LC. I’d have to go back to those formative years when I was a kid:  fundamental noises like rain on the tent or the awning of the front porch; wind in the branches of the sycamore tree where I had a tree house.   One that still runs deep for me is the hiss and sputter of sprinklers on a lawn.   A massive influence on my ear was my grandfather DJing classical music from his 1/8 in. reels and 78s– Shostakovich, Ravel, Tchaikovsky, and Sibelius–all throughout my childhood. The dust and crackle from the records was so much a part of the music. My grandfather played harmonica and, in fact, his father was President of the Hohner Company in the States. I did a lot of camping with my father too as a kid and so my sensitivity to the natural world was nurtured from early on.  I remember wearing garbage bags in the rain while hiking in these dense lush forests in New York State.  And then the campfire come nighttimes was almost holy.  I am fortunate to have grown up on the periphery of rural Pennsylvania, with lots of family trips into New England and to the Jersey seashore—to have had my ears conditioned by night insects and the ambience of thunderstorms and that strange acoustic blanket of snowfall, where the world seems most nearly silent.  My mother had dulcimers, guitars, a piano, and lots of percussion instruments around the house and often played John Denver and Judy Collins songs.  And at my father’s house, the walls were covered with old zithers, banjos, violins…most of them broken, which was perfect for me because there weren’t really any ‘rules’ about how to properly handle an instrument!  As far as recording experiences go, I’d have to say that most are memorable as I so rarely record in the same place twice.  My records, for me, are very autobiographical, journal-like:  most tracks reference a specific time, place and situation.  I find that the sounds evoke details of the original experience that memory on its own might not retain.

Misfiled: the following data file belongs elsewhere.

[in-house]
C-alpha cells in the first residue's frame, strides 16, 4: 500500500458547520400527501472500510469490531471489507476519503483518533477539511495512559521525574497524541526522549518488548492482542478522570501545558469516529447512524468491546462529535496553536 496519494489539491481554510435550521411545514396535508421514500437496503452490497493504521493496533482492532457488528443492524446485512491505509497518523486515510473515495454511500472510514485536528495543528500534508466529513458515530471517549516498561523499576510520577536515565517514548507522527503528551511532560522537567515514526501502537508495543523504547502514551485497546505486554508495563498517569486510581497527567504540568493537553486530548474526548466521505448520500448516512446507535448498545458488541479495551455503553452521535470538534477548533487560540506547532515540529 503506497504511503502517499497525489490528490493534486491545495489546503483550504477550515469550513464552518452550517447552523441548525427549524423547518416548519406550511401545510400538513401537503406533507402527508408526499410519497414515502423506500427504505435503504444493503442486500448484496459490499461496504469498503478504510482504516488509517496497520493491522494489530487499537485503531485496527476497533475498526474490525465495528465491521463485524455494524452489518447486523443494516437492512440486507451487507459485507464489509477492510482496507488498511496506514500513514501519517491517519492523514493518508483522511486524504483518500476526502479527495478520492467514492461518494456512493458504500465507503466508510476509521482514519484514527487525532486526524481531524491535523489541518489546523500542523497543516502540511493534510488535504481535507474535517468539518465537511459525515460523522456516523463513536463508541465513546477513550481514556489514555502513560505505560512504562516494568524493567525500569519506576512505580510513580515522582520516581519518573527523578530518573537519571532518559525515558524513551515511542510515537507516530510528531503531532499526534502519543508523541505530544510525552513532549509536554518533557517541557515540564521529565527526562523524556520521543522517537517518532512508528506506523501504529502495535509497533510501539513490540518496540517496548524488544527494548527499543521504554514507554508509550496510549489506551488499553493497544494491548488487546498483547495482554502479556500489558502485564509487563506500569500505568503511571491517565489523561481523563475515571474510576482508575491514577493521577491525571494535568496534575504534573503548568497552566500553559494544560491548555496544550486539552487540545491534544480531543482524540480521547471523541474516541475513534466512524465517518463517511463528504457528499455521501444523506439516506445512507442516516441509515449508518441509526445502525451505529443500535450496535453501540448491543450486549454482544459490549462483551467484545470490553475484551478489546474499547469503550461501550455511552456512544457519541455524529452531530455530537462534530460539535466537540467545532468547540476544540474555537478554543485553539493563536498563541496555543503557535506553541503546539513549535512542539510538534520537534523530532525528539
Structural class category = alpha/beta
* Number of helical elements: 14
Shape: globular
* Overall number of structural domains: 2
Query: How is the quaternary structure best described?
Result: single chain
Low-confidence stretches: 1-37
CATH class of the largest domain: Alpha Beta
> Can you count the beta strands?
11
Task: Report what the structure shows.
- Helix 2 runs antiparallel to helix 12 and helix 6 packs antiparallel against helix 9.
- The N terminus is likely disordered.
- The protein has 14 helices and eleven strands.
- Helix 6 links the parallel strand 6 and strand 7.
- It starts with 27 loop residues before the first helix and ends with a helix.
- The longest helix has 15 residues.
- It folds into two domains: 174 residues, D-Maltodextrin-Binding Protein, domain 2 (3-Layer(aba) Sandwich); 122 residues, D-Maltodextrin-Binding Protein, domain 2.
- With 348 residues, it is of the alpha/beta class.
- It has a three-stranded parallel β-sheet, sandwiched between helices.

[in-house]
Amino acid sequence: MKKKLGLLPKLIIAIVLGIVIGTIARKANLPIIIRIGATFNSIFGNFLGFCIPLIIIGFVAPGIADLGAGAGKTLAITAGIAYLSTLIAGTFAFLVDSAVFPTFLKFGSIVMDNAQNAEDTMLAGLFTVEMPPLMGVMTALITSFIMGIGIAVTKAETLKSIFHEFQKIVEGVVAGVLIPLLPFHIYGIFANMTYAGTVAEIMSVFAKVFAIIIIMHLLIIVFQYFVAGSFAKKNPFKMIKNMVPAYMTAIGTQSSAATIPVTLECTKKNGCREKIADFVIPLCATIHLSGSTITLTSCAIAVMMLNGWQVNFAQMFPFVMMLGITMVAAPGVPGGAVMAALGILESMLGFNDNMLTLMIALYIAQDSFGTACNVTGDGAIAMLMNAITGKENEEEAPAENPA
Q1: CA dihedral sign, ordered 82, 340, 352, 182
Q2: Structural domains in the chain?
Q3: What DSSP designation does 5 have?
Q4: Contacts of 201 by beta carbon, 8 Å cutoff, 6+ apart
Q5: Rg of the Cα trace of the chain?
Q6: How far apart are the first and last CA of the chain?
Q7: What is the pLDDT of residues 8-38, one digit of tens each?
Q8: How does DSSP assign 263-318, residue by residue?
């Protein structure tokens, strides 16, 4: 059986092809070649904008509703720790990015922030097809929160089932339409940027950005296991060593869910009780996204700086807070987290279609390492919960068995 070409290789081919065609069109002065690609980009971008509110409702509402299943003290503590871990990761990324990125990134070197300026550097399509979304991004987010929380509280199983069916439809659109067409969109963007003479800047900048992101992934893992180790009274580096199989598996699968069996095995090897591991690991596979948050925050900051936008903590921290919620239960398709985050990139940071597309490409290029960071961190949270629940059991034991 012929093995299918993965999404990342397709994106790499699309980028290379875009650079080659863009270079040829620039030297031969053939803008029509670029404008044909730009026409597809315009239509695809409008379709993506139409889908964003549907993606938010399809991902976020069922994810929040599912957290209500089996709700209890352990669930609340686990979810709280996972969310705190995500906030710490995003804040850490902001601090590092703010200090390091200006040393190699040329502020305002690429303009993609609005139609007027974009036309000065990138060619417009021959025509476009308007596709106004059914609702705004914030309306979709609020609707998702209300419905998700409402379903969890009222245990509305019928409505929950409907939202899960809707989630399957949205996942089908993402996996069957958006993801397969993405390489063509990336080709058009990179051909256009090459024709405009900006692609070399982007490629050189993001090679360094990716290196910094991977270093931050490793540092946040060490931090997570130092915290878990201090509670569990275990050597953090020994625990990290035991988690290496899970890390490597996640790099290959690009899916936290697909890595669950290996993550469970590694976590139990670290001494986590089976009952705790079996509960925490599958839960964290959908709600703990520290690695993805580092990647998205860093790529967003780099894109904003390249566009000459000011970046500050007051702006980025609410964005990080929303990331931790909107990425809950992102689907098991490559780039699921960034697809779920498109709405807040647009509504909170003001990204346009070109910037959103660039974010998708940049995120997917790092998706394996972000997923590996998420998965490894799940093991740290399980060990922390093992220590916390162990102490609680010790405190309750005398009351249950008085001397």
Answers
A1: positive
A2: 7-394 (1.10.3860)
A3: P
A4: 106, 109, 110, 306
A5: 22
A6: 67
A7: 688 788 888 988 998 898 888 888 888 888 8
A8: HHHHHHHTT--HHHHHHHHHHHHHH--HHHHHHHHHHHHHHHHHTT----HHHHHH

© Loren Chasse 2009ER. Can you remember when sound became an important and active focus in your life and how that came about?